I think about Scott and his cards when I hear about the "War on Christmas". I suppose my experience should put me on the side of the Righteous Warriors out to protect Baby Jesus from the Evil Secularists. Somehow, though, I can't get that worked up about it. If a cashier wishes me a "Happy Holidays", she's expressing a hope that nice things happen; the same as if she had said "Merry Christmas," "Groovy Kwanzaa", "Swingin' Solstice" or "May the Great Bird of the Galaxy roost on your planet." I don't have to celebrate any of those things to recognize and appreciate nice intentions. In the same way, I don't have to consider it an affront to God if somebody says "gesundheit" when I sneeze instead of "God bless you." Take it in the spirit in which it's given.
At one time I used to get all bent out of shape about the Secularization of Christmas. I particularly detested the deification of Santa Claus. When I was in junior high and full of adolescent anger and self-righteousness, I wrote an abrasive, curmudgeonly piece on the subject which upon saner reflection I threw away. A thirteen-year-old curmudgeon is not a pretty thing. My views towards Ol' Saint Nick have mellowed since then as I have come to accept what I call The Two Christmases.
There are two holidays celebrated on December 25th. One, of course, is the Feast of the Nativity, when Christians celebrate the birth of Jesus. Then there's the other holiday, the Feast of Jingle Bells and Jolly Fat Men in Red Suits and Reindeer with Luminous Noses. Both holidays happen to have the same name, but they're different.
I celebrate both; and I don't see why the two need to be mutually exclusive.
Where the Christmas Warriors get it wrong is where they assume that the holiday has to be either one or the other. To a certain extent, I can sympathize with their point. I worship Christ, the holiday's namesake; and it does bother me when the earthly babel sounds of the secular festivities drown out the song which the blessed angels sing. The Puritans felt this way and so they banned Christmas all together when they ruled England under Cromwell. Which is a funny way to honor a man who loved parties and who used feasts in his parables to represent the Kingdom of Heaven.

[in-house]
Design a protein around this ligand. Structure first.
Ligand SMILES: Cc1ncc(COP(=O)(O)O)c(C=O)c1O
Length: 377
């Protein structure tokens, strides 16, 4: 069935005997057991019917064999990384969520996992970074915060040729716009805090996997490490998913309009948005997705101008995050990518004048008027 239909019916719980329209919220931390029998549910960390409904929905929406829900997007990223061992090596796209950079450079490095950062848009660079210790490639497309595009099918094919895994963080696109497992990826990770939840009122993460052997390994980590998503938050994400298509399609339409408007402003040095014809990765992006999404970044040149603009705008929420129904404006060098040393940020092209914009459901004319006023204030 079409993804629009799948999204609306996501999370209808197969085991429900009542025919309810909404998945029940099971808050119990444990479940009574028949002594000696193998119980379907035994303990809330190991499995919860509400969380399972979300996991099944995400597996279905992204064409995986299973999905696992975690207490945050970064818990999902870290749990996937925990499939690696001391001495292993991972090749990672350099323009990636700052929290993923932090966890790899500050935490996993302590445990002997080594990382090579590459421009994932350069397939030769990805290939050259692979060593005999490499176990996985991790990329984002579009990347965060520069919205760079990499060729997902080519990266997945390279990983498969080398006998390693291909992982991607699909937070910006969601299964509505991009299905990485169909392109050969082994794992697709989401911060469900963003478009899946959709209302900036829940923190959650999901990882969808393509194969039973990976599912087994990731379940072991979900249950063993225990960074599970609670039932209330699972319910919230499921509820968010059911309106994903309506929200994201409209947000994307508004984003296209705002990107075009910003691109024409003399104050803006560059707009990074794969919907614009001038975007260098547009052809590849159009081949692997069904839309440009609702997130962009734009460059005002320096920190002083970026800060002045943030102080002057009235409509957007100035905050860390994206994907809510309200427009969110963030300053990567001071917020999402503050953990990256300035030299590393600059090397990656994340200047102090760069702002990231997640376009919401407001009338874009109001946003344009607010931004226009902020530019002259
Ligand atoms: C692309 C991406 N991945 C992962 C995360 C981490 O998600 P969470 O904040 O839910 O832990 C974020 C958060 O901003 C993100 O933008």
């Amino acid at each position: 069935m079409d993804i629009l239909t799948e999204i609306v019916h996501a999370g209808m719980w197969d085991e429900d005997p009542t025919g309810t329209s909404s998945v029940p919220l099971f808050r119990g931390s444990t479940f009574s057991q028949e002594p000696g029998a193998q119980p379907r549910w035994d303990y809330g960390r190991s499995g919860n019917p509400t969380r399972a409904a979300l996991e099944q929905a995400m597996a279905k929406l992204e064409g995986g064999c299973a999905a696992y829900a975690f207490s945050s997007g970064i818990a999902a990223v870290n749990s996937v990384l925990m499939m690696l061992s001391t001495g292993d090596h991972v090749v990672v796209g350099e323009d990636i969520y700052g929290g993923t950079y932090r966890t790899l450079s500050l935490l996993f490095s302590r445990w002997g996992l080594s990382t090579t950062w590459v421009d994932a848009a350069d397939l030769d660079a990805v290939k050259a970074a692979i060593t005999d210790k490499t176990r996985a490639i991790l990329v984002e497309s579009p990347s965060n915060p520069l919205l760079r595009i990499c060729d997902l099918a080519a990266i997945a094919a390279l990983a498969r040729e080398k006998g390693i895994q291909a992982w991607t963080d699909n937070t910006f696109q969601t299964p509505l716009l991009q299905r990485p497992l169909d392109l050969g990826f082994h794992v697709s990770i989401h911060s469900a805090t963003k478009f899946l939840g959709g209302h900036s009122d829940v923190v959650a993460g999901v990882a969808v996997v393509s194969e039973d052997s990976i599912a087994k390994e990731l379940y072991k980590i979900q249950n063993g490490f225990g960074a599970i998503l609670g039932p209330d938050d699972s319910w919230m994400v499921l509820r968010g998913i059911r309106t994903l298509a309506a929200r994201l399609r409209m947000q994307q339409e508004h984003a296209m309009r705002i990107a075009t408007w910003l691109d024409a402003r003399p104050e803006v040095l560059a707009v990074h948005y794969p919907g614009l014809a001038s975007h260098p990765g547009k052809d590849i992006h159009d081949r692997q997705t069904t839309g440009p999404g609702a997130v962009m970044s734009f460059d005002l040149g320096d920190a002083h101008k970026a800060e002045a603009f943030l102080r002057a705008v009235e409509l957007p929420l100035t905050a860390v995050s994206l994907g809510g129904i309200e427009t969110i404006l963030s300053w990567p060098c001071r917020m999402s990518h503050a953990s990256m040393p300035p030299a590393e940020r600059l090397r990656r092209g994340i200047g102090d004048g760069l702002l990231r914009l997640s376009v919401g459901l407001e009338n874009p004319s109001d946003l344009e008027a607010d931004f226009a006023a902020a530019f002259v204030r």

Christmas, as it is celebrated today, has a rich and varied tradition; sacred and secular, spiritual and commercial, tacky and sublime. There's a lot of Christmas stuff that I deeply love, despite having no connection to the Nativity story and only a tenuous connection, if that, to my religious convictions: family get-togethers, the giving of gifts, Vince Guaraldi`s piano music for "A Charlie Brown Christmas", just about any adaptation of A Christmas Carol, Thurl Ravenscroft singing "You're a Mean One, Mr. Grinch".
When I was little, our family had a devotional booklet that we used every Christmas called The Talking Christmas Tree. Instead of setting up the Christmas tree and decorating it all at once, we'd put it together bit by bit. The first night we'd just put up the tree. The second night we'd add the lights. Then little by little we'd add more to the tree and we'd have a devotion talking about how each addition could symbolize something about God.